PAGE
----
DETROIT -- DaimlerChrysler AG last week picked a public fight with a supplier that has its back against a financial wall.
The German automaker on Friday, Dec. 2, obtained an order from a state court in Michigan that forces Lear Corp. to continue shipping interior trim parts until a Dec. 14 hearing.
Without those parts, the automaker warned that it would begin closing 12 plants in four countries, lay off thousands of workers and lose $54 million a day.
The dispute ended up in court after Lear told DaimlerChrysler on Nov. 21 that it could not afford to pay two of its own suppliers unless the automaker agreed to pay higher prices. Lear warned DaimlerChrysler that the end of shipments could come at any time after Wednesday, Nov. 30.
In announcing its suit last week, DaimlerChrysler said an interruption of shipments from Lear would halt production of a broad range of cars and light trucks.
Supplier battles with the Big 3 have erupted during the past year because automakers are reluctant to give suppliers relief on higher costs for raw materials such as steel and resins used in plastic parts.
DaimlerChrysler may have been surprised by Lear's decision to fight because Lear generally is considered a customer-friendly supplier.
Raw-material prices aren't Lear's only problem. The Southfield, Mich., supplier also faces capital demands from 26 product launches in the third quarter, supplier bankruptcies and supply chain interruptions. Its automotive trim division operated in the red for the first six months of this year.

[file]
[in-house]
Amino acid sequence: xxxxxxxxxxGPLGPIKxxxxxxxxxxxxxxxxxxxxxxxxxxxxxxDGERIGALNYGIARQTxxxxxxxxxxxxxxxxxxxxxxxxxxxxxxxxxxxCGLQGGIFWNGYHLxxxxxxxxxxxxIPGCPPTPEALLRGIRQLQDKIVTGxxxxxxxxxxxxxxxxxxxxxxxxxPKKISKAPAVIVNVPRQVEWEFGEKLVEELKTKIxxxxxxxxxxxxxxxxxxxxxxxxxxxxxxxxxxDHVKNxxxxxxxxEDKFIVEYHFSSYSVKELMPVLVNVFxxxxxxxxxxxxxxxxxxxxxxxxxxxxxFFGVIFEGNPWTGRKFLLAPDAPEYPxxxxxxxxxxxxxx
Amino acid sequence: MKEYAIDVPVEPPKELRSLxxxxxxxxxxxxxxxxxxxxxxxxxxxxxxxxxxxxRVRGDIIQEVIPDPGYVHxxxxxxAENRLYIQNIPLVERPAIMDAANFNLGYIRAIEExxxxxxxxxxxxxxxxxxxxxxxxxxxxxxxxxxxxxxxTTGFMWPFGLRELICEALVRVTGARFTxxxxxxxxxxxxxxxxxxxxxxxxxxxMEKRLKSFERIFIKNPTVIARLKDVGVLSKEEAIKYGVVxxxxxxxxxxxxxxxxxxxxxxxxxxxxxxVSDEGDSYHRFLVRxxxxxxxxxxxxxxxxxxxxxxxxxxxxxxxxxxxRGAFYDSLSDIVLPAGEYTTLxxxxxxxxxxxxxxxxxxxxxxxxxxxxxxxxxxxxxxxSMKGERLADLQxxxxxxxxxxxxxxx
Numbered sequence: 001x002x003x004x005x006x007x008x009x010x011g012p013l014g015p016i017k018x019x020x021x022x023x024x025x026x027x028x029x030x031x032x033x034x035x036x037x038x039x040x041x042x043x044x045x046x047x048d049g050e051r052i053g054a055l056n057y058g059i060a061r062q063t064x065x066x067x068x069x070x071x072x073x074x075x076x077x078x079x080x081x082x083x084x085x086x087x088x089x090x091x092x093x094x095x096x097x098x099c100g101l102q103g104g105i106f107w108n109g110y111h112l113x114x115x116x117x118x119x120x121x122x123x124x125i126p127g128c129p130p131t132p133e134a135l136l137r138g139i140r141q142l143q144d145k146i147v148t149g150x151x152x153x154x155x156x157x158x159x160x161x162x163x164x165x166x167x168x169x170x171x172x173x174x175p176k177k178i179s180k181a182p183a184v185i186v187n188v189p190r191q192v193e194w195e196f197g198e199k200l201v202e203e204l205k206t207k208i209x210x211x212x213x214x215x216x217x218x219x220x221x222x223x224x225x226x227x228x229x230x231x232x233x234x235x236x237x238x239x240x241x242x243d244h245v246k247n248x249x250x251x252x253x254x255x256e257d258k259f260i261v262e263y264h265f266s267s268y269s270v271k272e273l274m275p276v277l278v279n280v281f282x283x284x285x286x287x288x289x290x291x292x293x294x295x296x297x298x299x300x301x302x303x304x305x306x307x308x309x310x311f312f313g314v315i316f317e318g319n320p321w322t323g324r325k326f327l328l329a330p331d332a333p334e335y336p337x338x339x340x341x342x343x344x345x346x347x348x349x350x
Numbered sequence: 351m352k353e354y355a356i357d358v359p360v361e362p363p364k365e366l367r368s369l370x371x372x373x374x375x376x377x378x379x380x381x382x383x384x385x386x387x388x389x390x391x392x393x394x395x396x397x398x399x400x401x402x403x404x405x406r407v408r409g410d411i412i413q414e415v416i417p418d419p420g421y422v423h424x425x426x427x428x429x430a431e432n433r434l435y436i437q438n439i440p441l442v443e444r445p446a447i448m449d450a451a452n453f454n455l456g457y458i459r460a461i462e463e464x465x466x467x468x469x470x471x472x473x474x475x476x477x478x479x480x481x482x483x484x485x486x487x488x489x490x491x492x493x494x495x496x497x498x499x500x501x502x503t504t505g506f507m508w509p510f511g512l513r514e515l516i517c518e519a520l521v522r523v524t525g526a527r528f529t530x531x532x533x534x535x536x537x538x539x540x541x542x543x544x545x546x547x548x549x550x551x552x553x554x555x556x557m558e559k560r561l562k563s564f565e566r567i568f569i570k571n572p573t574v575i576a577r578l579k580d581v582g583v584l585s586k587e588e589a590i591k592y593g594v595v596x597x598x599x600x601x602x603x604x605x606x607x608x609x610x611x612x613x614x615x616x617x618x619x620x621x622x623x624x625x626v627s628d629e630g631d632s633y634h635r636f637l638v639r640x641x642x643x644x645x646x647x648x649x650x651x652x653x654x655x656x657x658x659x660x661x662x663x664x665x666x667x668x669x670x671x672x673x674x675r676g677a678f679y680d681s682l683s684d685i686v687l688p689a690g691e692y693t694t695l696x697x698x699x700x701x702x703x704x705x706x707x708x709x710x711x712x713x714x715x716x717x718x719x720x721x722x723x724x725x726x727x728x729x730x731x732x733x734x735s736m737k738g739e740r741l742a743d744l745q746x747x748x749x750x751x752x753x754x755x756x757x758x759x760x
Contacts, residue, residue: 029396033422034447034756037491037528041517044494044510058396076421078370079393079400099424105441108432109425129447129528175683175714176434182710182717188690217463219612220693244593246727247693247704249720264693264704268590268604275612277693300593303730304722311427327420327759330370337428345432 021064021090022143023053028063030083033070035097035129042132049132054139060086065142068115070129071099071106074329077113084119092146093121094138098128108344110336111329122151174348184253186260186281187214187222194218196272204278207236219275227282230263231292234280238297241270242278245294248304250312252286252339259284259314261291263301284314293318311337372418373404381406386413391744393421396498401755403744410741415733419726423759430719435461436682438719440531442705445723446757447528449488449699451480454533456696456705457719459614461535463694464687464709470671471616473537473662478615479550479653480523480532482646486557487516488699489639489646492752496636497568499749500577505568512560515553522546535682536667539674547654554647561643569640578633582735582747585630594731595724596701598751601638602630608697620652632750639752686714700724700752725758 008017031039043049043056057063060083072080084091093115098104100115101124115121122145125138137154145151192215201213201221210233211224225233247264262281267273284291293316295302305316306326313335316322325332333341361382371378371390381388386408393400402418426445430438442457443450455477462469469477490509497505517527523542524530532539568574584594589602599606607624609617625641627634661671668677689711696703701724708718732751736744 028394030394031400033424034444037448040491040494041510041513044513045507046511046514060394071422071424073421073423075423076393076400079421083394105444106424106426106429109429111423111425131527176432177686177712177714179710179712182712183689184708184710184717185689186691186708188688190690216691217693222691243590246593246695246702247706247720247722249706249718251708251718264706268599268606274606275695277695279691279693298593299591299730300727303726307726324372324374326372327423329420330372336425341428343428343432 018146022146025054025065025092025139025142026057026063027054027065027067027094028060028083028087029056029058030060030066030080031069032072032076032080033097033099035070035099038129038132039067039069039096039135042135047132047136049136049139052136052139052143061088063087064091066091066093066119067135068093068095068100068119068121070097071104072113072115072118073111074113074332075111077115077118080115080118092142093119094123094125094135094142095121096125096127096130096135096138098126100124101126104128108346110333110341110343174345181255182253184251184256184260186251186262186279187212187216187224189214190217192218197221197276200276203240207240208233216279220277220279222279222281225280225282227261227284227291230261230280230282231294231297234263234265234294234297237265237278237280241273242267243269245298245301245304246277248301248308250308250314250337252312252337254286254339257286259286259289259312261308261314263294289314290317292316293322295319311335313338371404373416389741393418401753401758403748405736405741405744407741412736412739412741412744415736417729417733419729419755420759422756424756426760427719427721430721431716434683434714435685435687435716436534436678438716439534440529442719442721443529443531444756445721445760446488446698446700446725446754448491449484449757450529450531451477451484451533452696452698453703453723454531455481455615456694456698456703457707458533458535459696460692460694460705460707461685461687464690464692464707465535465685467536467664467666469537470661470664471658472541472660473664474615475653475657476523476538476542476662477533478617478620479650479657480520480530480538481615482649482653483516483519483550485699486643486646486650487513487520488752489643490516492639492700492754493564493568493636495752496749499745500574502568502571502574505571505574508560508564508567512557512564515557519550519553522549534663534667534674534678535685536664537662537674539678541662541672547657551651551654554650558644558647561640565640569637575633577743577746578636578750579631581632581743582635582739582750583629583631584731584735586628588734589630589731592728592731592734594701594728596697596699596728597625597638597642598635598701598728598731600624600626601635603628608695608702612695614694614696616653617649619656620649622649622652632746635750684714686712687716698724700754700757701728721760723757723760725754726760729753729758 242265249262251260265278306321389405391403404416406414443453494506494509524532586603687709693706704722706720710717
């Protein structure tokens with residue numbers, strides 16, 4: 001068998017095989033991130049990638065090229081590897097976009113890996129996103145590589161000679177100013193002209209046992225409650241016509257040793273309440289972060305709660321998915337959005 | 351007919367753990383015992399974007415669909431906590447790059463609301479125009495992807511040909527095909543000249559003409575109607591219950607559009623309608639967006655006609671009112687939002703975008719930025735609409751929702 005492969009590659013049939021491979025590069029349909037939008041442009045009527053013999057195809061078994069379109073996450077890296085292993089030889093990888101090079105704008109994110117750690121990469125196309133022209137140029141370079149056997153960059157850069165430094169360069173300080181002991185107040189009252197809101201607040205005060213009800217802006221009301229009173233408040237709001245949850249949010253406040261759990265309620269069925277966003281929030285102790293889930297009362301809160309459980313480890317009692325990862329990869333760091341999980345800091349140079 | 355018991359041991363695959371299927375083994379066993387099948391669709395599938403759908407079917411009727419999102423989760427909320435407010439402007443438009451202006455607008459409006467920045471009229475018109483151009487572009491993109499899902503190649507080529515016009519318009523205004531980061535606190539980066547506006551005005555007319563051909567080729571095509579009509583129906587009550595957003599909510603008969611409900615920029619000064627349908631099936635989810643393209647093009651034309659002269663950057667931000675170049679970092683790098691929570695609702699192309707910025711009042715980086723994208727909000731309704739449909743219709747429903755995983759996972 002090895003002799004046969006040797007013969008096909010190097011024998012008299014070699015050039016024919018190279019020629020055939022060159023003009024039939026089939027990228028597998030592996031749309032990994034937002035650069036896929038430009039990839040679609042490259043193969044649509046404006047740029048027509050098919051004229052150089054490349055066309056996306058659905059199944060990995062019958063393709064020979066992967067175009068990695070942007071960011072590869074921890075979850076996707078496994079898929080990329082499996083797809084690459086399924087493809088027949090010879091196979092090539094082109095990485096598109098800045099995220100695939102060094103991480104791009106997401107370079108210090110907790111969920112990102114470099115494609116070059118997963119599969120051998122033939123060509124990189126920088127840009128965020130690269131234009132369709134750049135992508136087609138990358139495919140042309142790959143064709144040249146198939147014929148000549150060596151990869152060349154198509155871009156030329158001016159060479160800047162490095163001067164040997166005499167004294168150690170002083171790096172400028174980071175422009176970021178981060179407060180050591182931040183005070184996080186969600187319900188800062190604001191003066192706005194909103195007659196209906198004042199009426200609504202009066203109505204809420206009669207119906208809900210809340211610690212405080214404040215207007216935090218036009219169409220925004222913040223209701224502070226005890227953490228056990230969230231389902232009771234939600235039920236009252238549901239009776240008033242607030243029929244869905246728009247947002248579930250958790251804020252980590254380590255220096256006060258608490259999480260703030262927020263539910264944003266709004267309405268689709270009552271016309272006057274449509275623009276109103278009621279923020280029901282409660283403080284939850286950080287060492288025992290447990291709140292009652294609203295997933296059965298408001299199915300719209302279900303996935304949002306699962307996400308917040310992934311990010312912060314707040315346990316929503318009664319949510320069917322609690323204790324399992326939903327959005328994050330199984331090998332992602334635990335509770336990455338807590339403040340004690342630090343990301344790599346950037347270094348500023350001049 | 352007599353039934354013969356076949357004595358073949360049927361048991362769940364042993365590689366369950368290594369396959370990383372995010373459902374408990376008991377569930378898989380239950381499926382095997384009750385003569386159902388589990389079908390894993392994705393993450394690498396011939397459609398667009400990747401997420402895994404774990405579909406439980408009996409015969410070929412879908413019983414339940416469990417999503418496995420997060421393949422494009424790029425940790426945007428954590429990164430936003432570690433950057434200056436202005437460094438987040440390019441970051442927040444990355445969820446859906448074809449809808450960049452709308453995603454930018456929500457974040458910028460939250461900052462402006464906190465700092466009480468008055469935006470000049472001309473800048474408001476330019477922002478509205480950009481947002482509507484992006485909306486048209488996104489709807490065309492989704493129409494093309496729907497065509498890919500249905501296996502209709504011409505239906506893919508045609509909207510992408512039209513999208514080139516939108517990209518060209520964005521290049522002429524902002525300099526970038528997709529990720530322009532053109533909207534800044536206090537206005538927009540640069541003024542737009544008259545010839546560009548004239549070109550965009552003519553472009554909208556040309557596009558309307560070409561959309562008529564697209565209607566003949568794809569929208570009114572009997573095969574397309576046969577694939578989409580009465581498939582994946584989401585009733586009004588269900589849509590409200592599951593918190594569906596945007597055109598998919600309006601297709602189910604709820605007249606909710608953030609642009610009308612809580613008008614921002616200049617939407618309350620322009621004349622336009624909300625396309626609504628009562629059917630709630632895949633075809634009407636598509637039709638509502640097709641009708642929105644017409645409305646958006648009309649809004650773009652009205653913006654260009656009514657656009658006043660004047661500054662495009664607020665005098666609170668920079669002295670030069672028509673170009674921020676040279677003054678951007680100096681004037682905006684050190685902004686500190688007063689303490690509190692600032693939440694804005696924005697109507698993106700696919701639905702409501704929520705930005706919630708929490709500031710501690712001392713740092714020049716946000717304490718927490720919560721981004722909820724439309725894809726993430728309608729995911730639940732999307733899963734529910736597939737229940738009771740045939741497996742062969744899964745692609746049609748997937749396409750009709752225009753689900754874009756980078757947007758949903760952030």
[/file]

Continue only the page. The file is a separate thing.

Lear spokeswoman Andrea Puchalsky says Lear did not breach its contract. She says that while raw material prices are an issue, the dispute includes a "multitude of commercial issues." Puchalsky would not elaborate.
Suppliers have long disputed the Big 3's annual price cuts and also have complained about their inability to recover engineering and tooling costs.
"We can understand Lear's apparent decision to go to the mat over commodity cost recoveries," Darren Kimball, a Lehman Brothers analyst, wrote in a report last week.
But even if Lear wins the battle, Kimball said, it could lose the war if DaimlerChrysler banishes the interiors supplier to its no-bid list.
Lear may not be worse off if it loses unprofitable DaimlerChrysler contracts. But investors may be unnerved.
Meanwhile, Lear is planning to spin its interior trim division into a joint venture with billionaire investor Wilbur Ross.
Ross recently announced plans to acquire the European assets of Collins & Aikman.
He also is interested in Collins & Aikman's U.S. business. A combination of that size could give Lear more leverage with customers.